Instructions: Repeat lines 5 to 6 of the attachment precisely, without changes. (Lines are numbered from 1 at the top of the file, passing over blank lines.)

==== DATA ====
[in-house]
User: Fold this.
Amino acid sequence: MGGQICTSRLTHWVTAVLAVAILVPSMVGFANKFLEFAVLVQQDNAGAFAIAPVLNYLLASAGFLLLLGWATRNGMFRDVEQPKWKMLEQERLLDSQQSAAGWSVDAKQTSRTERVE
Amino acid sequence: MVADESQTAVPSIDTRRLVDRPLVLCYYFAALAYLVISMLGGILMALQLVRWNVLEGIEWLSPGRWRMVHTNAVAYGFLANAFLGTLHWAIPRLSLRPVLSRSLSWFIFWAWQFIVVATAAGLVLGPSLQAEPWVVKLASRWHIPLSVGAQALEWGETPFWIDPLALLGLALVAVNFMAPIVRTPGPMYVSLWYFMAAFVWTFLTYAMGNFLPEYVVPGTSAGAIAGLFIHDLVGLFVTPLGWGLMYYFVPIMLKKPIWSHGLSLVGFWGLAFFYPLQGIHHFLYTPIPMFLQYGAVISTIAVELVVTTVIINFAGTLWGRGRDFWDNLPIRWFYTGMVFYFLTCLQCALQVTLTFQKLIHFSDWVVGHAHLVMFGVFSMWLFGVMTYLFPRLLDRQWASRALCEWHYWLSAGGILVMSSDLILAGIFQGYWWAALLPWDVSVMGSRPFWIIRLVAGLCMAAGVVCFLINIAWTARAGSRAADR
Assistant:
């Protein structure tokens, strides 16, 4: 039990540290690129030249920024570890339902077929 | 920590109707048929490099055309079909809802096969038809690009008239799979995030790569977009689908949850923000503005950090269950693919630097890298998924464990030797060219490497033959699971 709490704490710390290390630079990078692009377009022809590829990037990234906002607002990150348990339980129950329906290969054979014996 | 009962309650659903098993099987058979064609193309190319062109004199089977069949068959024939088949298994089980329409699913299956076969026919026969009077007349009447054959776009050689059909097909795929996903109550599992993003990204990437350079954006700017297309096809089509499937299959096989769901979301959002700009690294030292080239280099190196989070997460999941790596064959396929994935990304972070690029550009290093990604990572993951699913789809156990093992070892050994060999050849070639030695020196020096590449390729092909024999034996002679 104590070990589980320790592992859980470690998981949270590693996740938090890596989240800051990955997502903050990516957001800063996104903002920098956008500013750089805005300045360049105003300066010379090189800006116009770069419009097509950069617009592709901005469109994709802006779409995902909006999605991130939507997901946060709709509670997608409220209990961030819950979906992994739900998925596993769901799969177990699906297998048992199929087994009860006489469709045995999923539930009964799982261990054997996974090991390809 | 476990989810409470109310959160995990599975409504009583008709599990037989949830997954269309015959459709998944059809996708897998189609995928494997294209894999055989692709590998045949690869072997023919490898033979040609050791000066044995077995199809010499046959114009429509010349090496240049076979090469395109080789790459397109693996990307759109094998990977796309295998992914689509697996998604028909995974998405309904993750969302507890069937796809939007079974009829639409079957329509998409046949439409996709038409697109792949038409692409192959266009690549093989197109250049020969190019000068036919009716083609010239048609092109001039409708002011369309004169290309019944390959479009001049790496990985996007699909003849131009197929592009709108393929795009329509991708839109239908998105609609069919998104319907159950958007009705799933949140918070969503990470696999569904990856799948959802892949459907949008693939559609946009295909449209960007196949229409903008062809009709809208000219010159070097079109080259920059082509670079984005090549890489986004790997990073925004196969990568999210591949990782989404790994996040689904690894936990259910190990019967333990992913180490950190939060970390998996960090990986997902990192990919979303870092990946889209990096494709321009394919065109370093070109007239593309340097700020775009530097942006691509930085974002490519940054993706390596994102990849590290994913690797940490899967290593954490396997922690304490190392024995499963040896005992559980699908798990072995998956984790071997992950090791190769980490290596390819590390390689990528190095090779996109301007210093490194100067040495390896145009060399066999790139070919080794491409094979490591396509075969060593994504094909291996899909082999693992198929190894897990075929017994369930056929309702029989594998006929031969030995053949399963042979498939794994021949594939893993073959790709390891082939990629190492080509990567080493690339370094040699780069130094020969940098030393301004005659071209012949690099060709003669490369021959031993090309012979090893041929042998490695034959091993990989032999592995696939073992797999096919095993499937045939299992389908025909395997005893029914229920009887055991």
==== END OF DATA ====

Assistant:
């Protein structure tokens, strides 16, 4: 039990540290690129030249920024570890339902077929 | 920590109707048929490099055309079909809802096969038809690009008239799979995030790569977009689908949850923000503005950090269950693919630097890298998924464990030797060219490497033959699971 709490704490710390290390630079990078692009377009022809590829990037990234906002607002990150348990339980129950329906290969054979014996 | 009962309650659903098993099987058979064609193309190319062109004199089977069949068959024939088949298994089980329409699913299956076969026919026969009077007349009447054959776009050689059909097909795929996903109550599992993003990204990437350079954006700017297309096809089509499937299959096989769901979301959002700009690294030292080239280099190196989070997460999941790596064959396929994935990304972070690029550009290093990604990572993951699913789809156990093992070892050994060999050849070639030695020196020096590449390729092909024999034996002679 104590070990589980320790592992859980470690998981949270590693996740938090890596989240800051990955997502903050990516957001800063996104903002920098956008500013750089805005300045360049105003300066010379090189800006116009770069419009097509950069617009592709901005469109994709802006779409995902909006999605991130939507997901946060709709509670997608409220209990961030819950979906992994739900998925596993769901799969177990699906297998048992199929087994009860006489469709045995999923539930009964799982261990054997996974090991390809 | 476990989810409470109310959160995990599975409504009583008709599990037989949830997954269309015959459709998944059809996708897998189609995928494997294209894999055989692709590998045949690869072997023919490898033979040609050791000066044995077995199809010499046959114009429509010349090496240049076979090469395109080789790459397109693996990307759109094998990977796309295998992914689509697996998604028909995974998405309904993750969302507890069937796809939007079974009829639409079957329509998409046949439409996709038409697109792949038409692409192959266009690549093989197109250049020969190019000068036919009716083609010239048609092109001039409708002011369309004169290309019944390959479009001049790496990985996007699909003849131009197929592009709108393929795009329509991708839109239908998105609609069919998104319907159950958007009705799933949140918070969503990470696999569904990856799948959802892949459907949008693939559609946009295909449209960007196949229409903008062809009709809208000219010159070097079109080259920059082509670079984005090549890489986004790997990073925004196969990568999210591949990782989404790994996040689904690894936990259910190990019967333990992913180490950190939060970390998996960090990986997902990192990919979303870092990946889209990096494709321009394919065109370093070109007239593309340097700020775009530097942006691509930085974002490519940054993706390596994102990849590290994913690797940490899967290593954490396997922690304490190392024995499963040896005992559980699908798990072995998956984790071997992950090791190769980490290596390819590390390689990528190095090779996109301007210093490194100067040495390896145009060399066999790139070919080794491409094979490591396509075969060593994504094909291996899909082999693992198929190894897990075929017994369930056929309702029989594998006929031969030995053949399963042979498939794994021949594939893993073959790709390891082939990629190492080509990567080493690339370094040699780069130094020969940098030393301004005659071209012949690099060709003669490369021959031993090309012979090893041929042998490695034959091993990989032999592995696939073992797999096919095993499937045939299992389908025909395997005893029914229920009887055991």